Ship tracking plans need review: GAO

The Government Accountability Office wants the Coast Guard to make sure its plans to improve ship tracking electronically for security will add value.

The Coast Guard should ensure that its security efforts to update programs to electronically track ships in open seas do not needlessly overlap, according to investigators. The Government Accountability Office also cited delays with one future program to track ships and potential problems with tracking small ships.

GAO said the Coast Guard needed to coordinate its plans for improving its ability to track ships in the United States’ ports, coastal areas and inland waterways, along with its long-range tracking capabilities. In an unclassified version of a report released April 16, GAO's investigators recommended the service review its plans to deploy a commercial long-range automatic identification system (AIS) to track ships.

GAO said the data gathered from larger ships through the planned AIS might duplicate information the guard already can get from its present system, a new long-range identification and tracking system (LRIT), and notices of arrival from ships. The report said the service estimates the long-range AIS would not be ready until 2014 because of delays by contractors and said its eventual cost was not clear.

The investigators said after fully operational, the LRIT and AIS “will largely duplicate each other both in terms of the vessels they can track and the information they provide, although AIS would provide some additional information.”

GAO said the guard's parent agency, the Homeland Security Department, agreed with the investigators’ recommendation that after completing a concept demonstration of the AIS, the Coast Guard review the need for it. However, DHS also said the two systems are complementary and provide different information, apply to different classes and sizes of vessels, and are under separate requirements, GAO said.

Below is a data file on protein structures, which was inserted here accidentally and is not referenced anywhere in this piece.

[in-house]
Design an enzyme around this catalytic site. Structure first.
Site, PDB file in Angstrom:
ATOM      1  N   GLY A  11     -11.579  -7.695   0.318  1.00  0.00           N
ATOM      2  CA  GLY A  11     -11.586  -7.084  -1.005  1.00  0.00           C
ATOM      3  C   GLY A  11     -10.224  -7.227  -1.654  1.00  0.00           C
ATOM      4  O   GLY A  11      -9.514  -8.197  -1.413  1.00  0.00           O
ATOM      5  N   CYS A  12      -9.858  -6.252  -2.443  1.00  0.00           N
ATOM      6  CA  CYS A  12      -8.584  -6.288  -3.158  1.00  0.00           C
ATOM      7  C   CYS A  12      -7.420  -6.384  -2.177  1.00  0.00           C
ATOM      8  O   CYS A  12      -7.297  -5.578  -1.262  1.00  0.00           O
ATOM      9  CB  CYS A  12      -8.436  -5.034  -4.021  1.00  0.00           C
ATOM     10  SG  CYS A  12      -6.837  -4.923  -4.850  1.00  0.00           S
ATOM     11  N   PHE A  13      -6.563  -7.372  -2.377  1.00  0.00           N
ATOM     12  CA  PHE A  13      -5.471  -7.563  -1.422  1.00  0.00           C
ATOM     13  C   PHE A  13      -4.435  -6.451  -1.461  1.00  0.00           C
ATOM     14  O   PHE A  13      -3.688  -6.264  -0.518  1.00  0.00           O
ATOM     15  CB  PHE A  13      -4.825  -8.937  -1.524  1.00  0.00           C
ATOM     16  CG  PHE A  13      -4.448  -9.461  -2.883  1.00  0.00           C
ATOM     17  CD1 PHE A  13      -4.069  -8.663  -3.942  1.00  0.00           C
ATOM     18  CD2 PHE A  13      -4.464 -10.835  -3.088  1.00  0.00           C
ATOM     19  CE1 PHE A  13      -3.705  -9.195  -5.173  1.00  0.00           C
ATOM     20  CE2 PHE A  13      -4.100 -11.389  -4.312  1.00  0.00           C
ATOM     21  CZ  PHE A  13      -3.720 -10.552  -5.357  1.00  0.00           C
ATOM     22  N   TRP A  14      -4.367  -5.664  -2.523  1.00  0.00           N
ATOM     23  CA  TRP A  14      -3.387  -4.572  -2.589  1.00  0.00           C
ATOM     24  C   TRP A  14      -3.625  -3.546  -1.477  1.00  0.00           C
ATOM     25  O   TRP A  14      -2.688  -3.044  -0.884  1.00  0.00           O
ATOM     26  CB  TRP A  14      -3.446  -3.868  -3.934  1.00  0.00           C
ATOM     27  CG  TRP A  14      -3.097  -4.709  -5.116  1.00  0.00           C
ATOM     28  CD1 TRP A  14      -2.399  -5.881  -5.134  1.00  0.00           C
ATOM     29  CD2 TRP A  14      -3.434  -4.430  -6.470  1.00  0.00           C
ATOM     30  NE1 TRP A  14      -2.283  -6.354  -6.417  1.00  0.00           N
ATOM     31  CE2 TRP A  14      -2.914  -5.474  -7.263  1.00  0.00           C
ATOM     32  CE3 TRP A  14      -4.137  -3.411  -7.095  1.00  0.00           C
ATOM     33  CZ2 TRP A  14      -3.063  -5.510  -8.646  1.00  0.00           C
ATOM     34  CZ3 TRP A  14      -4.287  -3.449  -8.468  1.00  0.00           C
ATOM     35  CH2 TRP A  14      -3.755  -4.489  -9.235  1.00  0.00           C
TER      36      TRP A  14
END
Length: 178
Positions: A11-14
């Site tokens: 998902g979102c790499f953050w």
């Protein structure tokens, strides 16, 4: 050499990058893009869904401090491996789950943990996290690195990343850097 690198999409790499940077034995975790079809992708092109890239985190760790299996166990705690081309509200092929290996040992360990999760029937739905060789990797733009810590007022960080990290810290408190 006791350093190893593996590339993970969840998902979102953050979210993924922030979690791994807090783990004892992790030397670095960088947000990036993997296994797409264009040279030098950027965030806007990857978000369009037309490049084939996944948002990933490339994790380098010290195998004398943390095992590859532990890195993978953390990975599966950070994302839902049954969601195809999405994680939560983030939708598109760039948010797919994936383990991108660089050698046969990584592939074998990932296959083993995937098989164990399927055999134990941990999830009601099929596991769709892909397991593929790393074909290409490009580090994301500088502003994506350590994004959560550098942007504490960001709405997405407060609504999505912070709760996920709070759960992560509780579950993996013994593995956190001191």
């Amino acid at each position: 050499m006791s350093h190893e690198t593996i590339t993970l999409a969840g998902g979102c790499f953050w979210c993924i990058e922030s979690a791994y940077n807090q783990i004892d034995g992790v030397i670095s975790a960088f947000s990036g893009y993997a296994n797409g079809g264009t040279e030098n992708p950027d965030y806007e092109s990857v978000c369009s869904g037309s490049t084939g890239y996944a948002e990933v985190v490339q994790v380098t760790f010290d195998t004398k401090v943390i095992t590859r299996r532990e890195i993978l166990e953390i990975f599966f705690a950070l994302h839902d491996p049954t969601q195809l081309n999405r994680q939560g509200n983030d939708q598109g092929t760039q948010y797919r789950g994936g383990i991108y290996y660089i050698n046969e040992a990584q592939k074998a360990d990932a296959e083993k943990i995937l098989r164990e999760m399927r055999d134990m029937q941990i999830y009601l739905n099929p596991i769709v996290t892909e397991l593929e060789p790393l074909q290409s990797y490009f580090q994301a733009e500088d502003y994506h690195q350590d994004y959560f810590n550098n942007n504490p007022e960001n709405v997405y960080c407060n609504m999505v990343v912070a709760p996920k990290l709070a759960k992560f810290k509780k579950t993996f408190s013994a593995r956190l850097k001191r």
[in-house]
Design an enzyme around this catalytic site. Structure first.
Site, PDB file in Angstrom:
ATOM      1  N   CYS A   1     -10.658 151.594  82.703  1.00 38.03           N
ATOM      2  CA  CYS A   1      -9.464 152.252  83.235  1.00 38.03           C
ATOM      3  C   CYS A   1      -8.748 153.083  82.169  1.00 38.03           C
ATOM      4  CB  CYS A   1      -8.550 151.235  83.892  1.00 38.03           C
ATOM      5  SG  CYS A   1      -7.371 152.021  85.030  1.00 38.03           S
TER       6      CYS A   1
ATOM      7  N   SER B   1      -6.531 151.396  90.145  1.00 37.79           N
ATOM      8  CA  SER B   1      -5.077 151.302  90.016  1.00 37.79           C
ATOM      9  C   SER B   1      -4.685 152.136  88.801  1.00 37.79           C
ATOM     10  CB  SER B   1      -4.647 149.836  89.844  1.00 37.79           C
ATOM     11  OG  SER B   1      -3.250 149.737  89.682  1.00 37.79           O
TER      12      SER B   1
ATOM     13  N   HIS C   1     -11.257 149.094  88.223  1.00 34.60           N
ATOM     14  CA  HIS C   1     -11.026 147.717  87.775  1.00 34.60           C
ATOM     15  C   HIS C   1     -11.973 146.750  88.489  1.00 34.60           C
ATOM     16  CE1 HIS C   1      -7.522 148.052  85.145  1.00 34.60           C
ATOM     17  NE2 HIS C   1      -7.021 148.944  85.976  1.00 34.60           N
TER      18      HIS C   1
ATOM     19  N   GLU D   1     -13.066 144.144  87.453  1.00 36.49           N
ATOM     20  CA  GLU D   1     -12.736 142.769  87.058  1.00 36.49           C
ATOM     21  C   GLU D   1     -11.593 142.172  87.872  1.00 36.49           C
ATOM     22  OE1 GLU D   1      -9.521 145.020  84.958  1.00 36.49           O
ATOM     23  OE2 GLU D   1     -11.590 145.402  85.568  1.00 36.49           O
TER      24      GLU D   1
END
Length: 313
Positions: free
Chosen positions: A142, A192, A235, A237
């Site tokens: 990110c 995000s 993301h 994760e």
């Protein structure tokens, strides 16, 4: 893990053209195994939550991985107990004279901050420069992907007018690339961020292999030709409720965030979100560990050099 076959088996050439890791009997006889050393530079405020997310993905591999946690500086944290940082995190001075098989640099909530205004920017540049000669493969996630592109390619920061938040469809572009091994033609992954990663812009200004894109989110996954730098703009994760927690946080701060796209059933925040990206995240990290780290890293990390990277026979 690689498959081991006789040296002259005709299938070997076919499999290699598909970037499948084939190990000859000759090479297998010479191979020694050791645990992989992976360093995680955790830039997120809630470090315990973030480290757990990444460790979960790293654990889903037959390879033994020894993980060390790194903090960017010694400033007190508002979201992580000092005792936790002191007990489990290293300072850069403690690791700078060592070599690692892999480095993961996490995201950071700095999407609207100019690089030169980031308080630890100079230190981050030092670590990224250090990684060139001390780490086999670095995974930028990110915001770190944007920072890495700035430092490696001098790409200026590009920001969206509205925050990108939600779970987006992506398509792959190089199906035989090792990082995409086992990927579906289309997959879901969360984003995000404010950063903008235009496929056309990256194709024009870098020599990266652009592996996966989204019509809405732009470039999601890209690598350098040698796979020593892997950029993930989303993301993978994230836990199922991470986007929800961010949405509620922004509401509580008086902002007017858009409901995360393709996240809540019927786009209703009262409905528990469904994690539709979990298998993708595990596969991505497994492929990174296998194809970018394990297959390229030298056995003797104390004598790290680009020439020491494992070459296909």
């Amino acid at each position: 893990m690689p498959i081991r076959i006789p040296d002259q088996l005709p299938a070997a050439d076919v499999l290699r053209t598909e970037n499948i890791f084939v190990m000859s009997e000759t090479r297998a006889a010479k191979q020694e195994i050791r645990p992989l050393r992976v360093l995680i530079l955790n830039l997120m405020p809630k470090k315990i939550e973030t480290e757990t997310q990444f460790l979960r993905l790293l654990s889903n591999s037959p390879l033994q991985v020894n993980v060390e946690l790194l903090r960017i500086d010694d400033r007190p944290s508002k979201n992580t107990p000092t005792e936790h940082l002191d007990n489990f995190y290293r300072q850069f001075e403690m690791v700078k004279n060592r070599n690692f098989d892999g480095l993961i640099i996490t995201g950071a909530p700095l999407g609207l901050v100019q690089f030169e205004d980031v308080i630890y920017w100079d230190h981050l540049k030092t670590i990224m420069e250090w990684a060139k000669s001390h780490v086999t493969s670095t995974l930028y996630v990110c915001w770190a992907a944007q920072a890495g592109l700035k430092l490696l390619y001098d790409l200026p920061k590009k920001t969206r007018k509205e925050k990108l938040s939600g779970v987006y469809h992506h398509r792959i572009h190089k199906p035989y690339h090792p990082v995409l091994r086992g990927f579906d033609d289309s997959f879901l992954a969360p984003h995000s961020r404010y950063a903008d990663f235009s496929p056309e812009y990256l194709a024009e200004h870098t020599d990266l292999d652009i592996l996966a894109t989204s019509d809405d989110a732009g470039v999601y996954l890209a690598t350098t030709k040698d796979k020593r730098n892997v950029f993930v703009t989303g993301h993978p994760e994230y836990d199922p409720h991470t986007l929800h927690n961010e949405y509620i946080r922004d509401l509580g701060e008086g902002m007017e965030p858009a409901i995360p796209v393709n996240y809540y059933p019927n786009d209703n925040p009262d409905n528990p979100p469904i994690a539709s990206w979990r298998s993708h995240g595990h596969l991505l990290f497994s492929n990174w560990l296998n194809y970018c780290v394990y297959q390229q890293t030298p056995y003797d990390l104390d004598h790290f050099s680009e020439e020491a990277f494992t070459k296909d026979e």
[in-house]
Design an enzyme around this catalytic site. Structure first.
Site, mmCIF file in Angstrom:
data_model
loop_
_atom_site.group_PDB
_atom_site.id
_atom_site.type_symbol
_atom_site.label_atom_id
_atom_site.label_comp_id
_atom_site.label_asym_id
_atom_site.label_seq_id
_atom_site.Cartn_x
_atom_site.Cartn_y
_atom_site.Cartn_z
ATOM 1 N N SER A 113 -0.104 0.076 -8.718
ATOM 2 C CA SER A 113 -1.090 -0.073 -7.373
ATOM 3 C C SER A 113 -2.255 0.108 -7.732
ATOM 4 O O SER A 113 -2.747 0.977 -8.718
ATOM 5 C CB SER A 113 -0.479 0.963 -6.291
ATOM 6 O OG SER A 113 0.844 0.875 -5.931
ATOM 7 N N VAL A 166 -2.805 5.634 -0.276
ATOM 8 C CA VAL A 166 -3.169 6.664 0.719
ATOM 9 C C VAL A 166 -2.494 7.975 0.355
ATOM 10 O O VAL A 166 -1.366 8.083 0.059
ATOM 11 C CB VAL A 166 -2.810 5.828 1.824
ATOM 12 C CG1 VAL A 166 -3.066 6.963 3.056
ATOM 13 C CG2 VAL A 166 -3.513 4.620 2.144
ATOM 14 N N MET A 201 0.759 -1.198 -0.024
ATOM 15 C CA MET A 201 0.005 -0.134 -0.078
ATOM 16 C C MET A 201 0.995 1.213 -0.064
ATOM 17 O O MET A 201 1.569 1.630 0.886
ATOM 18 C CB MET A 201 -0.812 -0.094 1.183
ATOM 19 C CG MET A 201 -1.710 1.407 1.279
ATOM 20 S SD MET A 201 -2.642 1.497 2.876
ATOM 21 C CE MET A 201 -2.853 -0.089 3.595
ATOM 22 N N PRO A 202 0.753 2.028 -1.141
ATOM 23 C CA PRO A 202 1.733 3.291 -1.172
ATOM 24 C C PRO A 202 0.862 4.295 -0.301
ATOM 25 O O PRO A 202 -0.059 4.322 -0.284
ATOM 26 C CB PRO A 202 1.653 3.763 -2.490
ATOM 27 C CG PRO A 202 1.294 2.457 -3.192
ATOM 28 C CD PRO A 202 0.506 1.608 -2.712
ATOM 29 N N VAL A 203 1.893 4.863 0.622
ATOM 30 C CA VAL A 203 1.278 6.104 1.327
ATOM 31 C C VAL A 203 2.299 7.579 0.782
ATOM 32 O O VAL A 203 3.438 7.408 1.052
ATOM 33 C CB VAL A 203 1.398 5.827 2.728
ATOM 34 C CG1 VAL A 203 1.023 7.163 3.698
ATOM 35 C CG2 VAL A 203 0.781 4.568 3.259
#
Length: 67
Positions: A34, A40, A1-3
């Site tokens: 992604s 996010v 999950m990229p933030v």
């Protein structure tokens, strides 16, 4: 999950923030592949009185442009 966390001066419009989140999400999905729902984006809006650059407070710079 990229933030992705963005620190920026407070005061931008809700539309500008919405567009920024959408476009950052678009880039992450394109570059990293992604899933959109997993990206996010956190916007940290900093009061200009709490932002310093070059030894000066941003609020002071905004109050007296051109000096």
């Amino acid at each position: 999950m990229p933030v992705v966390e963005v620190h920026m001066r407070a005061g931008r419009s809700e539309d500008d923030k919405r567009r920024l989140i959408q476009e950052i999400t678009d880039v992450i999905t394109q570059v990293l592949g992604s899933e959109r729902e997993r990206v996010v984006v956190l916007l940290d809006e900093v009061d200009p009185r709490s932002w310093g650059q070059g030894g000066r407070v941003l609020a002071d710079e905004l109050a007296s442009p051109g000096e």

Meanwhile, the Coast Guard operates a land-based AIS to track ships that have AIS equipment in ports, coastal areas and inland waterways. However, many smaller ships — which are seen as a potential security threat, particularly after the recent terrorist attacks in Mumbai — and noncommercial ships are not required to carry AIS equipment.

In a statement, senior members of the House Homeland Security Committee said the report showed improvement was needed.

“With piracy on the rise, past terrorist attacks targeting Mumbai last year and the USS Cole in 2000, the Coast Guard should use everything at its disposal to track vessels at sea as effectively and efficiently as possible,” said Rep. Bennie Thompson (D-Miss.), the panel's chairman. "New technologies must be coordinated correctly to ensure that even the smallest vessels can be tracked.”

“This report is helpful in identifying the possibility that our various tracking systems may be duplicative,” added Rep. Pete King (R-N.Y.), the committee’s ranking member. “I will continue to work with Chairman Thompson and DHS to ensure that the tracking systems we utilize provide efficient, effective security for our maritime transportation system and that we expand our capabilities to monitor small vessels that could pose a threat.”

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